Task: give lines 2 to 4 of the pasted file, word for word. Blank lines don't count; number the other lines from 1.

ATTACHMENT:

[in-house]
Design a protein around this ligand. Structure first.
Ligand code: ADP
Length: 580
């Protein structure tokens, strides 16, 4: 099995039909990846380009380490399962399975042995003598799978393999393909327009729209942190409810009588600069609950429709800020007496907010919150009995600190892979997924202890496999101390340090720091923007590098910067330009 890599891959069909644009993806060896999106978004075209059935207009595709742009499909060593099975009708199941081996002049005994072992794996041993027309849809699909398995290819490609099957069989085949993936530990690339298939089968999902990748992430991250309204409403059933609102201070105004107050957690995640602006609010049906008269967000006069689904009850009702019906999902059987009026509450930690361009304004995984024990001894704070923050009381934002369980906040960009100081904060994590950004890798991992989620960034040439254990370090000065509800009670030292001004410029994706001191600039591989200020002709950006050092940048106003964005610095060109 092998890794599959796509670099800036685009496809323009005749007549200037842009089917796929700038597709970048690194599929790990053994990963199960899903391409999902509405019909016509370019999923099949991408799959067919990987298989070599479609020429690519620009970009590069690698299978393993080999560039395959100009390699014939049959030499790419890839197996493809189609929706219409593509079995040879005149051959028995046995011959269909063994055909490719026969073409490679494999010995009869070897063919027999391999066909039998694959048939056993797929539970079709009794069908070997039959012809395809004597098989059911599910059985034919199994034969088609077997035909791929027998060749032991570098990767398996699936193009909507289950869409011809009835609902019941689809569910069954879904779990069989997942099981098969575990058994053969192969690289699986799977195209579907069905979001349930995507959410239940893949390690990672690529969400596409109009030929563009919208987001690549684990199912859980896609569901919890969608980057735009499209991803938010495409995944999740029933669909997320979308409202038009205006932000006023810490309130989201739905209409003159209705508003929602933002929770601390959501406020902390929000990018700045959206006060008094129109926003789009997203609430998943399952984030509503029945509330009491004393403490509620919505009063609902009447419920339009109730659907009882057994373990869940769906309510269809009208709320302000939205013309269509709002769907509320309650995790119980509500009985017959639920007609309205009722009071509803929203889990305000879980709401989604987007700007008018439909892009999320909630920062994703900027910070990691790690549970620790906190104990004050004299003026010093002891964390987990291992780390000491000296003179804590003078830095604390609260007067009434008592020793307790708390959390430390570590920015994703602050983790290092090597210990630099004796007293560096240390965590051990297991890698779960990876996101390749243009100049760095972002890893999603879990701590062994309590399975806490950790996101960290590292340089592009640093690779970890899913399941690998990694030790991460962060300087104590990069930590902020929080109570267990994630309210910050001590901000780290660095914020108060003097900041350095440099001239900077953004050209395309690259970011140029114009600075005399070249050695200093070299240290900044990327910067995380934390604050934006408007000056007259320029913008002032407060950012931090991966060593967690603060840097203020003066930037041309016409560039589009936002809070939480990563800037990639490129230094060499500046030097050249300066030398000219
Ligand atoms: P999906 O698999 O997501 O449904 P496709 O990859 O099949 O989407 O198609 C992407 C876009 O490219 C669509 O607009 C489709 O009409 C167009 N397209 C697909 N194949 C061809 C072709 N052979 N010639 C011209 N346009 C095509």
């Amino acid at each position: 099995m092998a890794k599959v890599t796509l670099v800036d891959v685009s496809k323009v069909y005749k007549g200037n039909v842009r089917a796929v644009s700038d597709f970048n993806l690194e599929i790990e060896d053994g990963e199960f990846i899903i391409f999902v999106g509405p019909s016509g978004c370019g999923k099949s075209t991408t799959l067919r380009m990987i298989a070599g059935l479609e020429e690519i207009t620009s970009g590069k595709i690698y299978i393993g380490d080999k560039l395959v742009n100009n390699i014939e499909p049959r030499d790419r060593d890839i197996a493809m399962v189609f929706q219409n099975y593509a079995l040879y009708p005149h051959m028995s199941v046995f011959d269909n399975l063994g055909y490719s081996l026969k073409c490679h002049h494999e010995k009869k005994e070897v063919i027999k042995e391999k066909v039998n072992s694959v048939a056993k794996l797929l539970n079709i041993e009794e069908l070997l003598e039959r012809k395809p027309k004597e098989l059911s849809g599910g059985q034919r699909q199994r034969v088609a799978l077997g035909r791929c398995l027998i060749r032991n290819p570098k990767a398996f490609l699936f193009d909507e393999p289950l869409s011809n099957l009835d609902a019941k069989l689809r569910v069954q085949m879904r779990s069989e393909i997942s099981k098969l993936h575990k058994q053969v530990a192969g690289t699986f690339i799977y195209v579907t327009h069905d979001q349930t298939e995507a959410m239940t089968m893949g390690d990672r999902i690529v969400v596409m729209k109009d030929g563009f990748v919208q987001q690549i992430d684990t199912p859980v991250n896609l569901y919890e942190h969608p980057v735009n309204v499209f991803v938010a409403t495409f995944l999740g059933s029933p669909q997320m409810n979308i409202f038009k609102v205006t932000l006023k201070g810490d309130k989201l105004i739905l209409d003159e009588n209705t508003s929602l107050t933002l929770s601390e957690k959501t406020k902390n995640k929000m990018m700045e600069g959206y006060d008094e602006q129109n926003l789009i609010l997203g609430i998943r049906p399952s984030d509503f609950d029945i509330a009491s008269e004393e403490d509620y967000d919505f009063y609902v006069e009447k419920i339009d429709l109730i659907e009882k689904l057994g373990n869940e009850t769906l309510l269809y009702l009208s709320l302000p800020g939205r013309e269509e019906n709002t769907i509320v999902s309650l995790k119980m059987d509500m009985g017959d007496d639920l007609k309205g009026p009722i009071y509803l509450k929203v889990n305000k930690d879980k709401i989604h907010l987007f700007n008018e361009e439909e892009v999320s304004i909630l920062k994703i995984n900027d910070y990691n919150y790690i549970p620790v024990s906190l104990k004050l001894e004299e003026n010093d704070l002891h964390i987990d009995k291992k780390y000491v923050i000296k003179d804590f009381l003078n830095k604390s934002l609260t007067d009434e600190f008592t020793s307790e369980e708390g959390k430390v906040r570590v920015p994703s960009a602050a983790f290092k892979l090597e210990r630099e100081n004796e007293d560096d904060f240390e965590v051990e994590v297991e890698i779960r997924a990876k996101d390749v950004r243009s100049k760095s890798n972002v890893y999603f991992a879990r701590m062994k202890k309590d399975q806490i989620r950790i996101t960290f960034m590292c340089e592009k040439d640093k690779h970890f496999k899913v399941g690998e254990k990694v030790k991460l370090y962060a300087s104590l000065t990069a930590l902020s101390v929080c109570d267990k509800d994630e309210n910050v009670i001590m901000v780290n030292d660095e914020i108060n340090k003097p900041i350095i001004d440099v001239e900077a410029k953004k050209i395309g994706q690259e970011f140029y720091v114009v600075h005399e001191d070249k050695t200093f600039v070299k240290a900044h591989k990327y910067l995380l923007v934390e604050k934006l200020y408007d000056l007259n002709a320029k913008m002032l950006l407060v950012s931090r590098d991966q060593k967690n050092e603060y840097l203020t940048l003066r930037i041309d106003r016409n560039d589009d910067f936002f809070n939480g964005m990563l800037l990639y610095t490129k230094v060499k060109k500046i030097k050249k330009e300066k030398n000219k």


Design a protein around this ligand. Structure first.
Ligand code: ADP
Length: 580